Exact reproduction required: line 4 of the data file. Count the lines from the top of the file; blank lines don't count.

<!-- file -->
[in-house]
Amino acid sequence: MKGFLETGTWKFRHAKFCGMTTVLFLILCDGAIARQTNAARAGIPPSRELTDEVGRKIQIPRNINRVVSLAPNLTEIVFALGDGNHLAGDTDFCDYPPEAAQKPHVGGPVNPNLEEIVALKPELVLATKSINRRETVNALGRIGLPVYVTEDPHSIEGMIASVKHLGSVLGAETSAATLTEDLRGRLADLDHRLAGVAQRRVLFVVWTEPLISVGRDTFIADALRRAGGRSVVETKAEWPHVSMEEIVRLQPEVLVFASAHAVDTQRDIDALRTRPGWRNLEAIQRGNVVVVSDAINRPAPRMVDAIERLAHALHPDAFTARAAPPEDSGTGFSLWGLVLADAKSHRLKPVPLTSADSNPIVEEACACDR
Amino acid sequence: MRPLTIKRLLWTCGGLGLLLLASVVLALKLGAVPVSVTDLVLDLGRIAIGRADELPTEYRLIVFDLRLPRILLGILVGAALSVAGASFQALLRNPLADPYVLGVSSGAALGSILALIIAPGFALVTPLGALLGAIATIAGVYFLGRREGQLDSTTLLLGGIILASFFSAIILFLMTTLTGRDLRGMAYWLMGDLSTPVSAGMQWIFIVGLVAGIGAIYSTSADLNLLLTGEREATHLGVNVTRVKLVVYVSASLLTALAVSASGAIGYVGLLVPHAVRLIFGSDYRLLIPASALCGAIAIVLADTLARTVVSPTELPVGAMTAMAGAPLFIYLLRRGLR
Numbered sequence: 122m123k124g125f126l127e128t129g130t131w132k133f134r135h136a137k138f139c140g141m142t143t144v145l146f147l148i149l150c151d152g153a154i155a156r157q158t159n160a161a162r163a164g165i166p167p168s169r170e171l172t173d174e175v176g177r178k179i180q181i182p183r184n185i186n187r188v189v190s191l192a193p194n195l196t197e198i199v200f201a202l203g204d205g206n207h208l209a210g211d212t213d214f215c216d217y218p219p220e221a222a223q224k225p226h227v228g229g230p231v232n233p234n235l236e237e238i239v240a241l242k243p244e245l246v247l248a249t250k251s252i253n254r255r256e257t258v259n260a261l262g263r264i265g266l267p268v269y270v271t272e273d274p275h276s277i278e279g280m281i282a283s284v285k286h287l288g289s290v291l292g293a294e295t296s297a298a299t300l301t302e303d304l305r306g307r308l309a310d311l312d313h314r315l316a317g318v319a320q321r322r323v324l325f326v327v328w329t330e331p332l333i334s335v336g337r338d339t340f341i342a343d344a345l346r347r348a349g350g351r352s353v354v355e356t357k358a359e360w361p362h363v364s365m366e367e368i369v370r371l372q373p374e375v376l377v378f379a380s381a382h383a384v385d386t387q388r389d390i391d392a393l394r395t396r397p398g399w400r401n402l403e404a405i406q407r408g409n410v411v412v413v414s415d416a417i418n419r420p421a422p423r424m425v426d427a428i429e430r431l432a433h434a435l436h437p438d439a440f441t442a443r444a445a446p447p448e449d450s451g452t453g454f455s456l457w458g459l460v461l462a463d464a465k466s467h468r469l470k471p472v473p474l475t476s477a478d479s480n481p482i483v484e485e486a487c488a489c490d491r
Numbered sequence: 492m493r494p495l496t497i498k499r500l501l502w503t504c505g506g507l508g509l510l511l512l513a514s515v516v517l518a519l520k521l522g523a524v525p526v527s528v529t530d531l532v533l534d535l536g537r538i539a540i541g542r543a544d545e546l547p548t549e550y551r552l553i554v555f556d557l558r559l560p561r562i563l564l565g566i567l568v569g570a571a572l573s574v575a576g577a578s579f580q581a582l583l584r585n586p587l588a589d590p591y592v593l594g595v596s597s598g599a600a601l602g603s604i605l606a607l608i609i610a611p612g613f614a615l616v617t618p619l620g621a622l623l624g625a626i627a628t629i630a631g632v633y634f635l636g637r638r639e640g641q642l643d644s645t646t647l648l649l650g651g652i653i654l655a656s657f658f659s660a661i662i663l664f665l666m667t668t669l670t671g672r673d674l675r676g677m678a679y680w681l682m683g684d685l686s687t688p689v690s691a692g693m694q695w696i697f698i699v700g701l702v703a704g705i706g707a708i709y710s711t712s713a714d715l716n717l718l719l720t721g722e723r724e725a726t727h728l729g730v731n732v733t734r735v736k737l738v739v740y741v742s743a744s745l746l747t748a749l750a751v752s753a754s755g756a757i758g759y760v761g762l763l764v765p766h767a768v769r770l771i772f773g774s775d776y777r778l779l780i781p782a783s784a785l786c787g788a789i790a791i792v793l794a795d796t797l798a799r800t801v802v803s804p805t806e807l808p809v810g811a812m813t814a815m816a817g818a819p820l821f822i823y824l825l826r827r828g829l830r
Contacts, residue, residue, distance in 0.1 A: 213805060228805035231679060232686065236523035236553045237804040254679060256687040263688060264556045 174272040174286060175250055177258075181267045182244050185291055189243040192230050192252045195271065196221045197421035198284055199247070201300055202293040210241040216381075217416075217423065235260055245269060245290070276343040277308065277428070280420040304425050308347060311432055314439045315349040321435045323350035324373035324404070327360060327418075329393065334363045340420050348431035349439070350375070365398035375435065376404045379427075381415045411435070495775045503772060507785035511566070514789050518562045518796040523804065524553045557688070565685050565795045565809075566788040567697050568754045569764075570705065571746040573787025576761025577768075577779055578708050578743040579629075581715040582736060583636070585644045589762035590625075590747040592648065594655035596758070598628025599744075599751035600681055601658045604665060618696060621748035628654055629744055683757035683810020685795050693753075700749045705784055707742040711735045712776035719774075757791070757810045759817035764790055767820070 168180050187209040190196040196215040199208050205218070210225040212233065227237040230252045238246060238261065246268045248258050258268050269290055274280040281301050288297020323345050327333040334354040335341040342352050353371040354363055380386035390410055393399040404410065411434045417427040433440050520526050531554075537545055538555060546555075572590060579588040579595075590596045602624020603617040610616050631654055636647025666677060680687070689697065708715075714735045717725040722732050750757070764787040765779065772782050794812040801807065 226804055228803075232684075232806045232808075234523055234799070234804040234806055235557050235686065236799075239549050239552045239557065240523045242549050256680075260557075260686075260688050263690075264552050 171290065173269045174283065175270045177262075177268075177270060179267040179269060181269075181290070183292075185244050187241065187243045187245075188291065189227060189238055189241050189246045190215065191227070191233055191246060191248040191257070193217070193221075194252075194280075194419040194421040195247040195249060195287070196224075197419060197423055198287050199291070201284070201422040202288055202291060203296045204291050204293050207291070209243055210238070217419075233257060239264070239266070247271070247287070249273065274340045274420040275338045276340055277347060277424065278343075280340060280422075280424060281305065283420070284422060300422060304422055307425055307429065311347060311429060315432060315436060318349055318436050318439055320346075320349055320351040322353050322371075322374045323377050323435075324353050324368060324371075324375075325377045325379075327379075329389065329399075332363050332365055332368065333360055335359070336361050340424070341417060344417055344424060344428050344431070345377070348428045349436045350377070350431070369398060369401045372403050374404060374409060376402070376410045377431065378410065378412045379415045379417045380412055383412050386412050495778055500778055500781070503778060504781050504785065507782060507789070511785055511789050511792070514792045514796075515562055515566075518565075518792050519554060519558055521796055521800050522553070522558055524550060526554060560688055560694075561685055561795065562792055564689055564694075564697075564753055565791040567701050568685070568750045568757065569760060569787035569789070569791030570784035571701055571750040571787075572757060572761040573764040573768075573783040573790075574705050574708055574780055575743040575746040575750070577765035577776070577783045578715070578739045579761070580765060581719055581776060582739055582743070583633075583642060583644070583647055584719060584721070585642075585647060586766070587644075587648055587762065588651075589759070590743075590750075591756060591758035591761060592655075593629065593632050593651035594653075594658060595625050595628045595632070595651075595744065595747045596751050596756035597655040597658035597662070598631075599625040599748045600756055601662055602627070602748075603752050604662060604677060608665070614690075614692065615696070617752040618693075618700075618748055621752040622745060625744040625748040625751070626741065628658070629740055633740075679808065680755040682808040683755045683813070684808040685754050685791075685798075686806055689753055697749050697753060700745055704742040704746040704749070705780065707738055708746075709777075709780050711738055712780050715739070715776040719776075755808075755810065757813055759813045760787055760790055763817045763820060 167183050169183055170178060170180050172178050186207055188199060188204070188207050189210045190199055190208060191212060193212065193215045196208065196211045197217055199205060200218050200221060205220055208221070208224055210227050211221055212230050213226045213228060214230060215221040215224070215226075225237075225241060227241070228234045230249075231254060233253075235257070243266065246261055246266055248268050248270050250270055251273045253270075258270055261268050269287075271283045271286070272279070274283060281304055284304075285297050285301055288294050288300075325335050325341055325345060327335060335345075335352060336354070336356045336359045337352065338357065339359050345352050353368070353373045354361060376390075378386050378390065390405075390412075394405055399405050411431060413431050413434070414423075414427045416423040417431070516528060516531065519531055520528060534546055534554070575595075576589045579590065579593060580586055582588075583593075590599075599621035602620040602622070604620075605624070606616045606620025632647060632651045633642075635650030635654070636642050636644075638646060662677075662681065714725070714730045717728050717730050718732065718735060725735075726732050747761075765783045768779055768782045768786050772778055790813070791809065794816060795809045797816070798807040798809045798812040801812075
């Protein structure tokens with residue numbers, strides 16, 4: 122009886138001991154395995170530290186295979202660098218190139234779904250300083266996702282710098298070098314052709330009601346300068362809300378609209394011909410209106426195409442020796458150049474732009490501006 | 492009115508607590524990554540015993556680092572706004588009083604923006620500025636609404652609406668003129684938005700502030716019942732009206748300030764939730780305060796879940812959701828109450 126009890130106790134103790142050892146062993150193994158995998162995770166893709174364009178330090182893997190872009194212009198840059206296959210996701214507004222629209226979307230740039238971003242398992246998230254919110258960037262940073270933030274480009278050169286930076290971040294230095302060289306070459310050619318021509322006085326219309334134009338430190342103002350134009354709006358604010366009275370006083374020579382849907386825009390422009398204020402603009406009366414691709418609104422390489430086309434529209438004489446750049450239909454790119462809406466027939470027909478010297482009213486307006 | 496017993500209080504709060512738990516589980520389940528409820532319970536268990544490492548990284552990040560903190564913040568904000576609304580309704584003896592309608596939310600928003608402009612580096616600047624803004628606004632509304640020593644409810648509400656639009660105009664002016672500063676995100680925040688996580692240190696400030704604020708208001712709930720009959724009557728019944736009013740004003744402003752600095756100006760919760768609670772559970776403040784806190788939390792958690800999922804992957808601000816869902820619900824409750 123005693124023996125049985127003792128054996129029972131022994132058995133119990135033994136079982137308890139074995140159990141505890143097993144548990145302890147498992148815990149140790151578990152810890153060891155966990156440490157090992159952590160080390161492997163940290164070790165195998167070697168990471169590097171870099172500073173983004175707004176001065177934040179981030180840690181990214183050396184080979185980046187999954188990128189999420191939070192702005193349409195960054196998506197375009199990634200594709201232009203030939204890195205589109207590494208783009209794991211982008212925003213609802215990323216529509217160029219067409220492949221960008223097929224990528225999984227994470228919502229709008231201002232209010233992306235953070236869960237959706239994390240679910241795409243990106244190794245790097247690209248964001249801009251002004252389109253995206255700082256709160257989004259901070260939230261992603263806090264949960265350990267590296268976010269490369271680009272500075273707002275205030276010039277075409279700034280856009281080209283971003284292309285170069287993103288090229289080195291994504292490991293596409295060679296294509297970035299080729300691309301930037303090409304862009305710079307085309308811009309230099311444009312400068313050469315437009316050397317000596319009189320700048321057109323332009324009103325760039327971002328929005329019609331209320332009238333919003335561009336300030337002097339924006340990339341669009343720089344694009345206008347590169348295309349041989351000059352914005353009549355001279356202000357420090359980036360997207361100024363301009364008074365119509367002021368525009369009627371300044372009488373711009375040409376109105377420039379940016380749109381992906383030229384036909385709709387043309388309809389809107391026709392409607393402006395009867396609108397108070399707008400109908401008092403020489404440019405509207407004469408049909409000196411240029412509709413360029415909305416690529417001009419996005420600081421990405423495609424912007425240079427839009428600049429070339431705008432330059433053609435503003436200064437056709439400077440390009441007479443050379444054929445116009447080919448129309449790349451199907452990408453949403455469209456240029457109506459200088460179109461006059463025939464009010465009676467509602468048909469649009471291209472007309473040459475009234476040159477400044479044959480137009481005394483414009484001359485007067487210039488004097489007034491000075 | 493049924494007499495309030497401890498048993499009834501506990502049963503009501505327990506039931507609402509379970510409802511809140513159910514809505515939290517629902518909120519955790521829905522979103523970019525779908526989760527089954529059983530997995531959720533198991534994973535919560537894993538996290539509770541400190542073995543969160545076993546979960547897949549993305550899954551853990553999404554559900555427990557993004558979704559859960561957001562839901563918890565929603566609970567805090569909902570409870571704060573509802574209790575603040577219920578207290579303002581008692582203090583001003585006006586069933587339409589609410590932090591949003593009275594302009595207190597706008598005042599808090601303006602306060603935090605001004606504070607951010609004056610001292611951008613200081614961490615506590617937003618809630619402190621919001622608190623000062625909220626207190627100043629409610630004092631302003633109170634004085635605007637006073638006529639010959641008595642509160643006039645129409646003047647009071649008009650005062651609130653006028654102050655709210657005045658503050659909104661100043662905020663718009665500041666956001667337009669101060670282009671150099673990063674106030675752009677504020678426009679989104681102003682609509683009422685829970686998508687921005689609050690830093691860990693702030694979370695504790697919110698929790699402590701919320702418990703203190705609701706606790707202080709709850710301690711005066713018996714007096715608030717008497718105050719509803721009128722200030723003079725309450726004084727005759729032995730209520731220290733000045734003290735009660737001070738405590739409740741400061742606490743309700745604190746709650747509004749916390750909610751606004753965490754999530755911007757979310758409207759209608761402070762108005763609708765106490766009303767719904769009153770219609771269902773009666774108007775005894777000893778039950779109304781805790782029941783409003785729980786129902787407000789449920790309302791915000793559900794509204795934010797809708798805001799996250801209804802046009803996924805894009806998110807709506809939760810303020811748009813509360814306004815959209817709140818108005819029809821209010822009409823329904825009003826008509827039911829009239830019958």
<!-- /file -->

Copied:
Numbered sequence: 122m123k124g125f126l127e128t129g130t131w132k133f134r135h136a137k138f139c140g141m142t143t144v145l146f147l148i149l150c151d152g153a154i155a156r157q158t159n160a161a162r163a164g165i166p167p168s169r170e171l172t173d174e175v176g177r178k179i180q181i182p183r184n185i186n187r188v189v190s191l192a193p194n195l196t197e198i199v200f201a202l203g204d205g206n207h208l209a210g211d212t213d214f215c216d217y218p219p220e221a222a223q224k225p226h227v228g229g230p231v232n233p234n235l236e237e238i239v240a241l242k243p244e245l246v247l248a249t250k251s252i253n254r255r256e257t258v259n260a261l262g263r264i265g266l267p268v269y270v271t272e273d274p275h276s277i278e279g280m281i282a283s284v285k286h287l288g289s290v291l292g293a294e295t296s297a298a299t300l301t302e303d304l305r306g307r308l309a310d311l312d313h314r315l316a317g318v319a320q321r322r323v324l325f326v327v328w329t330e331p332l333i334s335v336g337r338d339t340f341i342a343d344a345l346r347r348a349g350g351r352s353v354v355e356t357k358a359e360w361p362h363v364s365m366e367e368i369v370r371l372q373p374e375v376l377v378f379a380s381a382h383a384v385d386t387q388r389d390i391d392a393l394r395t396r397p398g399w400r401n402l403e404a405i406q407r408g409n410v411v412v413v414s415d416a417i418n419r420p421a422p423r424m425v426d427a428i429e430r431l432a433h434a435l436h437p438d439a440f441t442a443r444a445a446p447p448e449d450s451g452t453g454f455s456l457w458g459l460v461l462a463d464a465k466s467h468r469l470k471p472v473p474l475t476s477a478d479s480n481p482i483v484e485e486a487c488a489c490d491r